As described above all five tasks related to a Tenant on-boarding got successfully completed and if you notice highlighted boxes , everything is over in less than 2 minutes, isn’t it awesome ?

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Here i am attaching variable and code file , which you can use it in your environment by just changing variable file contents like , org_name , vdc_name etc..which i explained above. pls try these files in to a non-prod environment and make your self comfortable before doing it in production.Here is the Code file to download – Terraform.zip. Please share feedback , suggestion any in the comment section…

 

Automate vCloud Director with Terraform Provider

The new refreshed Terraform vCloud Director provider enables administrators and DevOps engineers to define vCloud Director “infrastructure as code” inside Terraform configuration files. This makes it an efficient automation and integration tool and this project is fully open-source and available on GitHub and also HashiCorp is hosting it in the “terraform-providers” namespace together with all the other official Terraform providers.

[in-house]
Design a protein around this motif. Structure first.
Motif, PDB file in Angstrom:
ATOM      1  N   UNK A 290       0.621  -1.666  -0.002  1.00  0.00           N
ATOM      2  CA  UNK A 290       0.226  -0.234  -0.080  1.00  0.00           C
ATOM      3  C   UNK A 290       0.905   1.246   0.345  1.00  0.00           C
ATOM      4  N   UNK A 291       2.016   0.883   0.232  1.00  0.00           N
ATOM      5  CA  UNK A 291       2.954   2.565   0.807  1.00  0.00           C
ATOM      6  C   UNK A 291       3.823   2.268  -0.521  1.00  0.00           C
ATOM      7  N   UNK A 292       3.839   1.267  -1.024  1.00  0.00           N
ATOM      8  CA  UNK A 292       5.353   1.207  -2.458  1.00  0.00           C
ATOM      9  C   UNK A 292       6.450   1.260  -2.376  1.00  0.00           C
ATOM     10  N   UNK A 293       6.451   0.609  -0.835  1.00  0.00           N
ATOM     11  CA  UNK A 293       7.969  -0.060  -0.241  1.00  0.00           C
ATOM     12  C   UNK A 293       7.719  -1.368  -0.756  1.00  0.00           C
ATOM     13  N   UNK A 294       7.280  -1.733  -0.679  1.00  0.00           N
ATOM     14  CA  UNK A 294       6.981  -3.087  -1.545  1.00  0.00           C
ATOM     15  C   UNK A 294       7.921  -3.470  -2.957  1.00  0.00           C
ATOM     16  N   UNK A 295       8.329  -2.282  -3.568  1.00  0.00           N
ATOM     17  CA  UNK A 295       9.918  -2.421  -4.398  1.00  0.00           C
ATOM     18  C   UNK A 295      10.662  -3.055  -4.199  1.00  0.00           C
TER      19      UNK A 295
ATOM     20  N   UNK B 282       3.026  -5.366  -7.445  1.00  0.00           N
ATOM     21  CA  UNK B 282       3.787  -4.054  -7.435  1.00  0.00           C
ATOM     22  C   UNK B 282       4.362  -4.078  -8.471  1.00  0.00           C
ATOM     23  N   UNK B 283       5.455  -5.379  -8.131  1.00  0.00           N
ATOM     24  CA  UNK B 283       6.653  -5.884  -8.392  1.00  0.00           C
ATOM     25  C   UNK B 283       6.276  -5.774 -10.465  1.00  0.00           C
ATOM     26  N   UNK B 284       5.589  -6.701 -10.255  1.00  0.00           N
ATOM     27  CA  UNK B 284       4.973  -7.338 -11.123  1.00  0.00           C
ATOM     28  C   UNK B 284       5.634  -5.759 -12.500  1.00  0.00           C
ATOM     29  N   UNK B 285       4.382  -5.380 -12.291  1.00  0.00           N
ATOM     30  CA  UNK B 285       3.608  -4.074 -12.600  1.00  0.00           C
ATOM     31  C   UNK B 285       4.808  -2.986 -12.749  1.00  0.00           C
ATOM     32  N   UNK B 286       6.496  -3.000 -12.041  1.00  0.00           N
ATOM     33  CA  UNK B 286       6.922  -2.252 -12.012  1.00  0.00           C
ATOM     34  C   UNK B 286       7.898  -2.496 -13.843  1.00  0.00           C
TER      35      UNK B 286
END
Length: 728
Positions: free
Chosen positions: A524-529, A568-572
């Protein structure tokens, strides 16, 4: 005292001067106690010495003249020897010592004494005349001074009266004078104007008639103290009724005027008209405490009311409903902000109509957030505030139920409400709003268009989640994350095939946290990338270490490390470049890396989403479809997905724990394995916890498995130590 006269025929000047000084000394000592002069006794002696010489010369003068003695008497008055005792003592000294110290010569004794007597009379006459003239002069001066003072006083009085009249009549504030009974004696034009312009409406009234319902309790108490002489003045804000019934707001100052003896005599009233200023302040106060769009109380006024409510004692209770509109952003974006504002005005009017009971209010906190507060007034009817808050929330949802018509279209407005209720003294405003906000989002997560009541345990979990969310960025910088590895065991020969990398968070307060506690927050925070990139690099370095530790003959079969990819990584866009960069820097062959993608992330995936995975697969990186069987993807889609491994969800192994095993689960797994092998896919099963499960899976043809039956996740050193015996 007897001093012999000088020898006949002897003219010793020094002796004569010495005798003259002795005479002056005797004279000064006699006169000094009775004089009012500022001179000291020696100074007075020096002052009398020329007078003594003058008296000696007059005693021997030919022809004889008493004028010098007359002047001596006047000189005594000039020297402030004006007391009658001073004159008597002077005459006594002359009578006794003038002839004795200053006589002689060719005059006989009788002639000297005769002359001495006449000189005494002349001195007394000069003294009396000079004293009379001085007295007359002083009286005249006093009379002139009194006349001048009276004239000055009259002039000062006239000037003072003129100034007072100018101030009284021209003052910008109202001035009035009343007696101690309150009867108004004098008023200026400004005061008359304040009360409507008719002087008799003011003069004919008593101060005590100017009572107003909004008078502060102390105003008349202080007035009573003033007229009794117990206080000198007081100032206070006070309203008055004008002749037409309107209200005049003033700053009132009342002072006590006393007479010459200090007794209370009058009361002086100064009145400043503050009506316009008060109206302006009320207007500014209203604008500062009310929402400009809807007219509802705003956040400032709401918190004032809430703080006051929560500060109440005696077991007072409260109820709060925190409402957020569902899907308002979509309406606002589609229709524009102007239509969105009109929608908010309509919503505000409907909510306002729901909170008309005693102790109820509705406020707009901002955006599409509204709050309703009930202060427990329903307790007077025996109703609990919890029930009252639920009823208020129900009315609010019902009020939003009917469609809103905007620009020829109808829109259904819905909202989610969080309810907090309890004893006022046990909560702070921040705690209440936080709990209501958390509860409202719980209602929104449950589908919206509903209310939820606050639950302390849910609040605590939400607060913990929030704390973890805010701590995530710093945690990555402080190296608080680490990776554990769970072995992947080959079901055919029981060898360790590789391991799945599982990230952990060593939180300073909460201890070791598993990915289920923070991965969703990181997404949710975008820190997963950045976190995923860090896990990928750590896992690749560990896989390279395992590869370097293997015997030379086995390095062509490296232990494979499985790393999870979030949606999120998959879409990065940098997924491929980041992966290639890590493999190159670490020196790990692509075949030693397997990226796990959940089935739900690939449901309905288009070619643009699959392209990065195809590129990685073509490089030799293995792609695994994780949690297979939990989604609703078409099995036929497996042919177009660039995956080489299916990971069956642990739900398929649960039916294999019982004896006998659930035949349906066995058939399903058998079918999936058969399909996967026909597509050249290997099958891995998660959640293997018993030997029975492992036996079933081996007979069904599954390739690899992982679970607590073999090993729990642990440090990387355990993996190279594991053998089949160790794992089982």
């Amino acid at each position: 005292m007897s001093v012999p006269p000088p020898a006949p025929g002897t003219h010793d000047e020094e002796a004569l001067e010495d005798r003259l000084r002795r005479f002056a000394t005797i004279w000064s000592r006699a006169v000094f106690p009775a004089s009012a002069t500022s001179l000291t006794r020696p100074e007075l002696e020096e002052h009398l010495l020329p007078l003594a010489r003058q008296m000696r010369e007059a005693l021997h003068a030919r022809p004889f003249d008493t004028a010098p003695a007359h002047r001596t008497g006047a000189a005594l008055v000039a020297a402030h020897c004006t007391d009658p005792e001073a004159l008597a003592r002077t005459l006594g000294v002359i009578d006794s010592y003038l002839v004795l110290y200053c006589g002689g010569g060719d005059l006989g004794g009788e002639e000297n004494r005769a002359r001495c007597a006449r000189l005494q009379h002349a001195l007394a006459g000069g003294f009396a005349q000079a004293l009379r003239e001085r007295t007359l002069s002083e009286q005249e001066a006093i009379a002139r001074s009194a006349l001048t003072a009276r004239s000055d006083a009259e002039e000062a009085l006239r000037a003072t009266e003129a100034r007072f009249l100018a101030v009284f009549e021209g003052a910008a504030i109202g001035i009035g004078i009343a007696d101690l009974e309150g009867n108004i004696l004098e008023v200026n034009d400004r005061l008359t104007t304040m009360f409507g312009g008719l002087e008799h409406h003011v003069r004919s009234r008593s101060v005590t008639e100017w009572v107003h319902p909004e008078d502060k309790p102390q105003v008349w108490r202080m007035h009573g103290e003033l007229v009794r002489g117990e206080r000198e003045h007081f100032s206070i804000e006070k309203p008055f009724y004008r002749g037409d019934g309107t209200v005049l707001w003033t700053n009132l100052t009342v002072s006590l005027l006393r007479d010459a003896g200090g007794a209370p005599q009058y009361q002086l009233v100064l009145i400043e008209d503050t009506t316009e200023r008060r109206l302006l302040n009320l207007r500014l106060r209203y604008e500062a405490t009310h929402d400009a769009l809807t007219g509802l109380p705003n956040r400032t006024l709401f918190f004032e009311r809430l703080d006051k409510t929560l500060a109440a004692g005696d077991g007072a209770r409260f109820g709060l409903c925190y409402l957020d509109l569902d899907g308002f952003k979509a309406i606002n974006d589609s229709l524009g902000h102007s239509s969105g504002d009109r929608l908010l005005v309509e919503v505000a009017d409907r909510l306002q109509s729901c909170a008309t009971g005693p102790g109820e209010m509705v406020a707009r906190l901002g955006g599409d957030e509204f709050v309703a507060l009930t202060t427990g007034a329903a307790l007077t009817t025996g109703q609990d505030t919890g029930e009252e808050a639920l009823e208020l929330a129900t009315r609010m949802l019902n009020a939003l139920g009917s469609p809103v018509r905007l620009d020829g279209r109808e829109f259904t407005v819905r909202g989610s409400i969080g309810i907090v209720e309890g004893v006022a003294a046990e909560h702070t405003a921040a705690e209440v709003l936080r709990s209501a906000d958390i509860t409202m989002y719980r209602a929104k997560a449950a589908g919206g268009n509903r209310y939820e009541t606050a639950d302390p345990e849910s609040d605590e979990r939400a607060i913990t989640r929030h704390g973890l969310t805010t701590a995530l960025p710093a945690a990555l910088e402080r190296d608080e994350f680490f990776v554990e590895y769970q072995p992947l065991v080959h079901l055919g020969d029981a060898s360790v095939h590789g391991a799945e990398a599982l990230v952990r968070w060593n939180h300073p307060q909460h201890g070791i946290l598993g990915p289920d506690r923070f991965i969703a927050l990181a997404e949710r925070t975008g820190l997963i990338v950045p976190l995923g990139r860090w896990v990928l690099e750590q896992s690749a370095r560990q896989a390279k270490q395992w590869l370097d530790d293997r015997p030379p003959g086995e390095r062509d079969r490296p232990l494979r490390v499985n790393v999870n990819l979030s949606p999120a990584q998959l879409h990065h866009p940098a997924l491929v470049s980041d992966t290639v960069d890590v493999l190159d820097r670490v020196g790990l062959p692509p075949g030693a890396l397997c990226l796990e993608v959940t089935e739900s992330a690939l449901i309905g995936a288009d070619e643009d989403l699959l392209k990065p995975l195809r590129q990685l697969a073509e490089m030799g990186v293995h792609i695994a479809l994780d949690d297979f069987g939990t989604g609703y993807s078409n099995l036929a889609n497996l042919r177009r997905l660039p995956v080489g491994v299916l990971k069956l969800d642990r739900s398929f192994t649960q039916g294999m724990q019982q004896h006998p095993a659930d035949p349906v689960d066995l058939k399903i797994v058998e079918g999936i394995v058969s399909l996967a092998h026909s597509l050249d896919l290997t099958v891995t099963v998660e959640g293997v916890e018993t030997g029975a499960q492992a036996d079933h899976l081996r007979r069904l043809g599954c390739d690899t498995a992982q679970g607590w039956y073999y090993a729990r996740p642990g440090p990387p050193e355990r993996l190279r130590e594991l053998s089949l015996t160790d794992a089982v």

If you’d like to contribute with a feature request, report an issue or propose a code improvement please visit the project’s site below. There you can also see current activity and what’s in the works.

Terraform Installation & Configuration:

Terraform installation is very simple, it is just a single file. if you are running Linux OS system it is “terraform” and if it is windows based systems then it is terraform.exe.You can download the latest version of Terraform from the HashiCorp website using this direct link: https://www.terraform.io/downloads.html

I am using Windows in my Lab so for my Windows based system, I simply downloaded the Terraform Windows x64 file and put into a folder called “c:\tf” then added this folder into my PATHS variable so that I could run terraform.exe from anywhere. This can be done by going to System Properties –> Advanced –> Environment Variable

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now go to “System variables” and add :terraform.exe” folder location.

  • Select Path and Click on “Edit”